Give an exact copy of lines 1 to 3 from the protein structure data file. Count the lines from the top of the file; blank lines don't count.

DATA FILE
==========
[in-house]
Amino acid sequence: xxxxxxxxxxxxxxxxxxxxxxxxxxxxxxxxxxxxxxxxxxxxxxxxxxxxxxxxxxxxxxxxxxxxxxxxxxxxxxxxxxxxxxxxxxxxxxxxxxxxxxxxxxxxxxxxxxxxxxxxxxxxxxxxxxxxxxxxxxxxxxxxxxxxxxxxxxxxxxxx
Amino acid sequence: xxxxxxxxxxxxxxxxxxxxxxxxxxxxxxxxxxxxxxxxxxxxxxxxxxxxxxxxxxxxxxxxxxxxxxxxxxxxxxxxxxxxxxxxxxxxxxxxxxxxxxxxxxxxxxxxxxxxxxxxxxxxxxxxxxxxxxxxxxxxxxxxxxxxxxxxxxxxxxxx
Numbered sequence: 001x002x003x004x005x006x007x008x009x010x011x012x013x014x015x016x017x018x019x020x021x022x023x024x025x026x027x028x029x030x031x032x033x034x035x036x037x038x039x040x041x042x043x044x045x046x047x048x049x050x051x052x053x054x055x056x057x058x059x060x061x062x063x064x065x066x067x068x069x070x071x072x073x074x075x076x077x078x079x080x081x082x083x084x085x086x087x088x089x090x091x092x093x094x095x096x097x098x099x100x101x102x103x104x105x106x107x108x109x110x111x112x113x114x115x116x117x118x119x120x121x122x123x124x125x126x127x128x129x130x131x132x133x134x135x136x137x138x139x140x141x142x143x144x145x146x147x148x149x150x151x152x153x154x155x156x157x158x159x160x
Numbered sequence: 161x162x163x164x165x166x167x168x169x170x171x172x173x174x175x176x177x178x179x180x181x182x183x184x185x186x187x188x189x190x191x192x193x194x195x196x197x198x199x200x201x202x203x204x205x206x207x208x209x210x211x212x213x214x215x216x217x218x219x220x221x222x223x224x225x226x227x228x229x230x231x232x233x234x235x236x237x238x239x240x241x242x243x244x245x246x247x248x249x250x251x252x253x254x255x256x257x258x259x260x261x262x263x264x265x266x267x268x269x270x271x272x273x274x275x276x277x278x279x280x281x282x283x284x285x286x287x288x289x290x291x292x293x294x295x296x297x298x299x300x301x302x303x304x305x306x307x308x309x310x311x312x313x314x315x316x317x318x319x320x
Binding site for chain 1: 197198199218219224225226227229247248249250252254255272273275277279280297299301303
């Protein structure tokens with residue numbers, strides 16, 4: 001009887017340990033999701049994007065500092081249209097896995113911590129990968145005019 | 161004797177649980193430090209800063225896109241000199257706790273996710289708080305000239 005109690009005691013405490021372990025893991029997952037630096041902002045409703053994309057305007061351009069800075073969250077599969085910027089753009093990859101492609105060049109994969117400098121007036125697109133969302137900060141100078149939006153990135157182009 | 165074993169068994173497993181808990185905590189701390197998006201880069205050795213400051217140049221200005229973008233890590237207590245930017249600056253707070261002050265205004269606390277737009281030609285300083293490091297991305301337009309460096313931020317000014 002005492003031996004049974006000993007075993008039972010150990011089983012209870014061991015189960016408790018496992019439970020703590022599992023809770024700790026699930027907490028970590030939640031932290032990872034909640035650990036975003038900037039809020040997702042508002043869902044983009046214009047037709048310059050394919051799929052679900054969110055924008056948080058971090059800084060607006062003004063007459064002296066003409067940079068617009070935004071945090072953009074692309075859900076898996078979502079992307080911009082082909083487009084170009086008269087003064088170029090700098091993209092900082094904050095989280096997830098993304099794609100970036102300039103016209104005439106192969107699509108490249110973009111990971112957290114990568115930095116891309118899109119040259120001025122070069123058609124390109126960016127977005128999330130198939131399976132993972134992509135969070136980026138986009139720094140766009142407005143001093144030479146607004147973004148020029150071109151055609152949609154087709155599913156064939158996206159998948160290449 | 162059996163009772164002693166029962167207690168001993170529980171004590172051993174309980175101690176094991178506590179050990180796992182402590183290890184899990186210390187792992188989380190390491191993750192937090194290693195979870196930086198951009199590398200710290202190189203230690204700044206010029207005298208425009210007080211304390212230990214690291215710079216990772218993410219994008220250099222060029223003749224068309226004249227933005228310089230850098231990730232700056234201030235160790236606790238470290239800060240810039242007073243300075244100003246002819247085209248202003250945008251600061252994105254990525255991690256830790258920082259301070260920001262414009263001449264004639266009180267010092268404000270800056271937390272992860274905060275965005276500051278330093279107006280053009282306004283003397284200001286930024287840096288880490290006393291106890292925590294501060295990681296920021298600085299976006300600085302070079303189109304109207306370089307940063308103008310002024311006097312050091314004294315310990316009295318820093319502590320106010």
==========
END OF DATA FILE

[in-house]
Amino acid sequence: xxxxxxxxxxxxxxxxxxxxxxxxxxxxxxxxxxxxxxxxxxxxxxxxxxxxxxxxxxxxxxxxxxxxxxxxxxxxxxxxxxxxxxxxxxxxxxxxxxxxxxxxxxxxxxxxxxxxxxxxxxxxxxxxxxxxxxxxxxxxxxxxxxxxxxxxxxxxxxxx
Amino acid sequence: xxxxxxxxxxxxxxxxxxxxxxxxxxxxxxxxxxxxxxxxxxxxxxxxxxxxxxxxxxxxxxxxxxxxxxxxxxxxxxxxxxxxxxxxxxxxxxxxxxxxxxxxxxxxxxxxxxxxxxxxxxxxxxxxxxxxxxxxxxxxxxxxxxxxxxxxxxxxxxxx